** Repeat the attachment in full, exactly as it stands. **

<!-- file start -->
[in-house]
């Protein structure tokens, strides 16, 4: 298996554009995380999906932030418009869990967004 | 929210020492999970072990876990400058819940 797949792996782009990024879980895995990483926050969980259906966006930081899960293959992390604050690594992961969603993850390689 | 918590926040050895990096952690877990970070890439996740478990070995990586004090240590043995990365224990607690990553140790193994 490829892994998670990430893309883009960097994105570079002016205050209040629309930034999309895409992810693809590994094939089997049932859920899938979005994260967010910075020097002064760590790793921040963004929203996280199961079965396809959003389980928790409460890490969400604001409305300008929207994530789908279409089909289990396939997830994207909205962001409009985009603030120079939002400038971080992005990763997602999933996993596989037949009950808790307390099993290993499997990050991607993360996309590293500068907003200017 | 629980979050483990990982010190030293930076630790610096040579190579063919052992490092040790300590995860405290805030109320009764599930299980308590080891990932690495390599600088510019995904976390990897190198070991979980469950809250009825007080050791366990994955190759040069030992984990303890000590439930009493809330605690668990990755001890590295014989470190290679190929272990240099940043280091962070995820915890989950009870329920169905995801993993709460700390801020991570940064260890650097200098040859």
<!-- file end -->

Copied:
[in-house]
């Protein structure tokens, strides 16, 4: 298996554009995380999906932030418009869990967004 | 929210020492999970072990876990400058819940 797949792996782009990024879980895995990483926050969980259906966006930081899960293959992390604050690594992961969603993850390689 | 918590926040050895990096952690877990970070890439996740478990070995990586004090240590043995990365224990607690990553140790193994 490829892994998670990430893309883009960097994105570079002016205050209040629309930034999309895409992810693809590994094939089997049932859920899938979005994260967010910075020097002064760590790793921040963004929203996280199961079965396809959003389980928790409460890490969400604001409305300008929207994530789908279409089909289990396939997830994207909205962001409009985009603030120079939002400038971080992005990763997602999933996993596989037949009950808790307390099993290993499997990050991607993360996309590293500068907003200017 | 629980979050483990990982010190030293930076630790610096040579190579063919052992490092040790300590995860405290805030109320009764599930299980308590080891990932690495390599600088510019995904976390990897190198070991979980469950809250009825007080050791366990994955190759040069030992984990303890000590439930009493809330605690668990990755001890590295014989470190290679190929272990240099940043280091962070995820915890989950009870329920169905995801993993709460700390801020991570940064260890650097200098040859």